Global Interactions

"The study of global interactions in this syllabus has a broader perspective than a more conventional study of globalization that emphasizes a linear process involving the domination and the imposition of western culture on the world. In the contest of this syllabus, global interaction suggest a two-way and complex process whereby cultural traits and commodities may be adopted, adapted or resisted by societies. The process is neither inevitable nor universal.

The HL extension theme focuses on the global interactions, flows and exchanges arising from the disparities that exist between places. It presents important and contestable geographic issues of changed in space and time for the HL student to question. This part of the syllabus is divided into seven topics relating to global interactions as outlined in the following table. Each topic has a conceptual base that is developed through the content."
(Geography Syllabus, IBO 2010)
  1. Measuring global interactions
  2. Changing space - the shrinking world
  3. Economic interactions and flows
  4. Environmental change
  5. Sociocultural exchanges
  6. Political outcomes
  7. Global interactions at the local level


Civil society
Any organization or movement that works in the are between the household, the private sector and the state to negotiate matters of public concern. Civil societies include non-governmental organizations (NGOs), community groups, trade unions, academic institutions and faith-based organizations.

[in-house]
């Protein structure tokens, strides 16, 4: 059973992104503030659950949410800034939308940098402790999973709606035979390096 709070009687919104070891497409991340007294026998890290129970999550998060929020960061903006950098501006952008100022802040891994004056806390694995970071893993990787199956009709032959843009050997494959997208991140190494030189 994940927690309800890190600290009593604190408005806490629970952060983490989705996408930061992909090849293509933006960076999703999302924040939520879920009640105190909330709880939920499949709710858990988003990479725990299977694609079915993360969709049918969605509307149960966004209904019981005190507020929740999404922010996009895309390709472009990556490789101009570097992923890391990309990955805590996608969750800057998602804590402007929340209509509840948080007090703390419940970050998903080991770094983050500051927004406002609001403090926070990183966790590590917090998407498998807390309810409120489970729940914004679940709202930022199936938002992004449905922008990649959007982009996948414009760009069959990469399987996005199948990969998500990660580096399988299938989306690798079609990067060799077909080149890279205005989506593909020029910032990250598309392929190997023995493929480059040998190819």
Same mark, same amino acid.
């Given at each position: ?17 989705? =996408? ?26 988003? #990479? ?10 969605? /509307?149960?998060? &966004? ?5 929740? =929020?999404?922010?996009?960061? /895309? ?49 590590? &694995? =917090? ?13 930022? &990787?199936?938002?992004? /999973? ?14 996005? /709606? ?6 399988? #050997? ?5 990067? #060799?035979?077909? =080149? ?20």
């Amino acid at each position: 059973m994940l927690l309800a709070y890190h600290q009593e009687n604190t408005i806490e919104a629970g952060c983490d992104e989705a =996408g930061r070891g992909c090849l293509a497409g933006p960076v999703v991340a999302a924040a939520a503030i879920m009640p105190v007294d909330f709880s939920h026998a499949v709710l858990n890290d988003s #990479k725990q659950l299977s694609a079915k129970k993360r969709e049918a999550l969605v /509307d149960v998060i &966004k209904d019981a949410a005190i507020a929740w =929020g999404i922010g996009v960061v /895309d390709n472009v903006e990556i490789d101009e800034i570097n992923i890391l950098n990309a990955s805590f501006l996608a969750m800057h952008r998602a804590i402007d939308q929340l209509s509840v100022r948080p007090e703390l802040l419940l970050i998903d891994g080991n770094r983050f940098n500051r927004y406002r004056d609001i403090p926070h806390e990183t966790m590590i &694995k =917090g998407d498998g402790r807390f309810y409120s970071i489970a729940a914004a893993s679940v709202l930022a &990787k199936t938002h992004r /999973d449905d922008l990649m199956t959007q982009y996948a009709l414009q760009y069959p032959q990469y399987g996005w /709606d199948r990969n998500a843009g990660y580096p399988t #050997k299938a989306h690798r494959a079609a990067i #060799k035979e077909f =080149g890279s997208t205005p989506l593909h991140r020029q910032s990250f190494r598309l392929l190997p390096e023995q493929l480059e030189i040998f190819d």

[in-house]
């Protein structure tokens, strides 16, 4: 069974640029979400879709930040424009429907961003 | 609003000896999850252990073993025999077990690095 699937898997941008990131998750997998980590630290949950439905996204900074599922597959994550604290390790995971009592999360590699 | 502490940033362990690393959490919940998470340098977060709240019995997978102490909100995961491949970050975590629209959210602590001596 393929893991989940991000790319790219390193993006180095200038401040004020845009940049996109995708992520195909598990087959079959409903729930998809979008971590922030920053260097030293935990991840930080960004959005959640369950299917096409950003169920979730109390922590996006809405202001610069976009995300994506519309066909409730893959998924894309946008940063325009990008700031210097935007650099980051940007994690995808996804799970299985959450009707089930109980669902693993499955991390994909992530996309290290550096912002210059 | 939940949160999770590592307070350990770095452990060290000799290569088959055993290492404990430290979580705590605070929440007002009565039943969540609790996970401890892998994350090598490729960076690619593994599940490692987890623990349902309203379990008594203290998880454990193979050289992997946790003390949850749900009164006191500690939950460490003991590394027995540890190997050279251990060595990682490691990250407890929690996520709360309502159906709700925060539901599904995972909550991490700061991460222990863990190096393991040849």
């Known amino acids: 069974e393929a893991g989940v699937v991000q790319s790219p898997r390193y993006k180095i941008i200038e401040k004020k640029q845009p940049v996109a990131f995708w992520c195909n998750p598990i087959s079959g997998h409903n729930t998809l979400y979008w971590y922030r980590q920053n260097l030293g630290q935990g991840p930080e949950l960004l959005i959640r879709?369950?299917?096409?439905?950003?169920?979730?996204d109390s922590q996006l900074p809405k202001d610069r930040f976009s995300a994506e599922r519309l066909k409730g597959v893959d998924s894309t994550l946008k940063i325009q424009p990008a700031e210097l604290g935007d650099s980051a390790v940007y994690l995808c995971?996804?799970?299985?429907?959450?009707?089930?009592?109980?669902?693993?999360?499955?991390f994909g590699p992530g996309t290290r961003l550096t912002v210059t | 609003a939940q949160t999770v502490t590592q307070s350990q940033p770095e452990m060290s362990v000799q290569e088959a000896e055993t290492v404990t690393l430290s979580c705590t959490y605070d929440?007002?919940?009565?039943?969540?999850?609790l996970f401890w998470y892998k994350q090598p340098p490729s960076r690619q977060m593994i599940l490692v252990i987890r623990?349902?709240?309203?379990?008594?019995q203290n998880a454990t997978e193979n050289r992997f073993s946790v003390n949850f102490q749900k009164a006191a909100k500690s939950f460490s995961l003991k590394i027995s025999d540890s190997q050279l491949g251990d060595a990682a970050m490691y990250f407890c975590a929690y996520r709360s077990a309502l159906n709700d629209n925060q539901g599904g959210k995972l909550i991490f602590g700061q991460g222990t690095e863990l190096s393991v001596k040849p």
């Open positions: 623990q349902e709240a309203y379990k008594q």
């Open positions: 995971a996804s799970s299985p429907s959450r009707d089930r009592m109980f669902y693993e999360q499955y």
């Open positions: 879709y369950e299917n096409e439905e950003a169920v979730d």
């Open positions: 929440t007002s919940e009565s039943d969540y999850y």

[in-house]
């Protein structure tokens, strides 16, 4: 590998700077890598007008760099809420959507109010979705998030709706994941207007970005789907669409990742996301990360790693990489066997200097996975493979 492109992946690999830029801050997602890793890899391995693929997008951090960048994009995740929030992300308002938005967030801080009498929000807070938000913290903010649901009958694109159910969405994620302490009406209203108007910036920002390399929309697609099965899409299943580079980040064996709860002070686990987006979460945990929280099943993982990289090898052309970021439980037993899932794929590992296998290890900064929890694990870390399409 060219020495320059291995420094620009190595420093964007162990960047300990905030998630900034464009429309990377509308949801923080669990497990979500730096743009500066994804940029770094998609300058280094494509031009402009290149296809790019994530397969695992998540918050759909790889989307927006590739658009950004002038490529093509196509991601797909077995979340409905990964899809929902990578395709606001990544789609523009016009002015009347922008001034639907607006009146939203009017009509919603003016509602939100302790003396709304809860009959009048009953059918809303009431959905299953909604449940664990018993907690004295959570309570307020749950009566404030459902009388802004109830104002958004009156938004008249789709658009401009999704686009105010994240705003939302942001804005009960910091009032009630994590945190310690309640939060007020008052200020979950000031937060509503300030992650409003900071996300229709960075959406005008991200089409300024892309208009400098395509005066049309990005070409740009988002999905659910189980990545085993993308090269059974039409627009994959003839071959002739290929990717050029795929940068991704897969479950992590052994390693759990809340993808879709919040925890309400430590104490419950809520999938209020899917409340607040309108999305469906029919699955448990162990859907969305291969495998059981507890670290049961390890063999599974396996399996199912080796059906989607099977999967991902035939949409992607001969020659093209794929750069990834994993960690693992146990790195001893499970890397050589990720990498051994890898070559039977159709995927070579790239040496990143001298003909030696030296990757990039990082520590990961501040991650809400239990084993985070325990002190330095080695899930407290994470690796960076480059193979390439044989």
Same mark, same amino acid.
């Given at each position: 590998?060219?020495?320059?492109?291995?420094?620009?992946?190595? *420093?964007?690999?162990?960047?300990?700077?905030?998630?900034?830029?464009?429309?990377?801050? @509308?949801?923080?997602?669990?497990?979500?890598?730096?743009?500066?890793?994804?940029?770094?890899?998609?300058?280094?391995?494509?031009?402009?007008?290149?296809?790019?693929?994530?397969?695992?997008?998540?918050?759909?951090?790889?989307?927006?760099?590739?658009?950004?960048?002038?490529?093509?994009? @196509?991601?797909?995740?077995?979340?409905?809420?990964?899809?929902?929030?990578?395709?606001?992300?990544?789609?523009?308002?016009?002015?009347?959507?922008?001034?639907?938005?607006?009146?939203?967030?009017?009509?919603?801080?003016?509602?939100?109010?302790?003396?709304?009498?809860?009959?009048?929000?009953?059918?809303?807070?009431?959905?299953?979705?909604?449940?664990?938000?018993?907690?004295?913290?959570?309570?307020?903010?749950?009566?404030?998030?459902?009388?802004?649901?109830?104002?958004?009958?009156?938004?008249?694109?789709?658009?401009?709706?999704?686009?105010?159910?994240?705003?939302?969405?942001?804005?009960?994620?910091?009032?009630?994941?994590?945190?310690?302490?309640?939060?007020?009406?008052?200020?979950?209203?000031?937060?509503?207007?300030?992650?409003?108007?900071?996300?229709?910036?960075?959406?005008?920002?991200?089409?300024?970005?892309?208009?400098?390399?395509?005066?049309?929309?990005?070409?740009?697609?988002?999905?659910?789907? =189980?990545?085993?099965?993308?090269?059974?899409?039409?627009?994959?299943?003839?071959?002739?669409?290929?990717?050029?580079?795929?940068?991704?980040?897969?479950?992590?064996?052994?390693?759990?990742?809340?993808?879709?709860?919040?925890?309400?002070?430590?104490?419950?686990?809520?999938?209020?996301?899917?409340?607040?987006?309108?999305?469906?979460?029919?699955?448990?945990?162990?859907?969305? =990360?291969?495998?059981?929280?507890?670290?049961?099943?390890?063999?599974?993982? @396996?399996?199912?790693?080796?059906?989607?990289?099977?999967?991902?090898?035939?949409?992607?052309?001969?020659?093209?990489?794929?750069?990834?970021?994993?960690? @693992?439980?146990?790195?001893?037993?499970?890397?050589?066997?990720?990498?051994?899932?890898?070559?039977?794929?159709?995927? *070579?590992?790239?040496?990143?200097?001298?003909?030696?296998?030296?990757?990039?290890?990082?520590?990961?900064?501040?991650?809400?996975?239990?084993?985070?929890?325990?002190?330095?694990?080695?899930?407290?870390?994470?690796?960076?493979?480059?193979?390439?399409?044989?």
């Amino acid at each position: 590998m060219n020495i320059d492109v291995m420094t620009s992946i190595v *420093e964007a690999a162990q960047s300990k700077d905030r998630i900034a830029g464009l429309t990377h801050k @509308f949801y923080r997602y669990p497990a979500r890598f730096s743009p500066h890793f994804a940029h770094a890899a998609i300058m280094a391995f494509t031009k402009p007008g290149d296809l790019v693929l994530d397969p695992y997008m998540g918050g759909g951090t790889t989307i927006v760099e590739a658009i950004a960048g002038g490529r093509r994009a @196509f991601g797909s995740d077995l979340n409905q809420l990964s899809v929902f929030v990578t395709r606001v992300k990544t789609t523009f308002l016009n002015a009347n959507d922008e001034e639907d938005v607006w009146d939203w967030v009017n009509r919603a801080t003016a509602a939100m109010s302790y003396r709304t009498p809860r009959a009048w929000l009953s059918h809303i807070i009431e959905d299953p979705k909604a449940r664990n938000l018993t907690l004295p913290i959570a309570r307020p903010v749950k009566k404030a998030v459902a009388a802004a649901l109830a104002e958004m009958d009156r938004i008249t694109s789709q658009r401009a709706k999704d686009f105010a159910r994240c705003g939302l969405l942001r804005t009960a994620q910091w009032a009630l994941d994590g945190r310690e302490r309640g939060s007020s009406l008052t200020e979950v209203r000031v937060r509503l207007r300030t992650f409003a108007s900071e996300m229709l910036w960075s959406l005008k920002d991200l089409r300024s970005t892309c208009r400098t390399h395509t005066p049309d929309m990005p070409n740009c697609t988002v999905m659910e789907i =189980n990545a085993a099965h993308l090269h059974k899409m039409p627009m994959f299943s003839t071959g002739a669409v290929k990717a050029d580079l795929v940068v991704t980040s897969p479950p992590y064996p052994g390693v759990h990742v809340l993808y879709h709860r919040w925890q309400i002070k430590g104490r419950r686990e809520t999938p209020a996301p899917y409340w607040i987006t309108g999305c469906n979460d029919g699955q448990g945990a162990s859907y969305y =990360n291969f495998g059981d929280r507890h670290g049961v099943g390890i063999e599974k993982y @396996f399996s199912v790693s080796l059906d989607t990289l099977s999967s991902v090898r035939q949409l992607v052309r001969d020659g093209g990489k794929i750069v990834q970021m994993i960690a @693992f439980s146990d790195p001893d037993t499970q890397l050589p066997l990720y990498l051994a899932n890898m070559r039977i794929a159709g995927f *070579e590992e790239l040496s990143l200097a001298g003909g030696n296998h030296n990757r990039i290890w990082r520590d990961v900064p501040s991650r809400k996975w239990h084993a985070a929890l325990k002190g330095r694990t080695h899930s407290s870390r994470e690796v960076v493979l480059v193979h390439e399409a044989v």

Core and periphery
The concept of a developed core surrounded by an undeveloped periphery. The concept can be applied at various scales.
Cultural imperialism
The practice of promoting the culture/language of one nation in another. It is usually the case that the former is a large, economically or militarily powerful nation and the latter is a smaller, less affluent one.
Food Miles
A measure of the distance food travels from its source to the consumer. This can be given either in units of actual distance or of energy consumed during transport.
"The growing interdependence of countries worldwide through the increasing volume and variety of cross-border transactions in goods and services and of international capital flows, and through the more rapid and widespread diffusion of technology" (source: IMF).
Global indices
The AT Kaerney Foreign Policy index measures twelve variables, which are subdivided into four "baskets": economic integration, personal contact, technological connectivity and political engagement. nations are ranked according to a calculated globalization index.
The KOF index measures three main dimensions of globalization: economic, political and social, and nations are ranked accordingly. It is designed by the Swiss Federal Institute of Technology on a yearly basis.
A term that was invented to emphasize that the globalization of a product is more likely to succeed when the product or service is adapted specifically to each locality or culture on which it is marketed. The increasing presence of McDonald's restaurants worldwide is and example of globalization, while changes made to the menus of the restaurant chain, an an attempt to appeal to local tastes, are an example of glocialization.
Gross National Income (now used in preference to gross national product - GNP). The total value of goods and services produced within a country together with the balance of income and payments from or to other countries.
The concept of taking internal company functions and paying an outside firm to handle them. Outsourcing is done to save money, improve quality or free company resources for other activities.
Time-space convergence
The reduction in the time taken to travel between two placed due to improvements in transportation or communication technology.
Transnational corporation (TNC)
A firm that owns or controls productive operations in more than one country though foreign direct investment.
(Geography Syllabus, IBO 2010)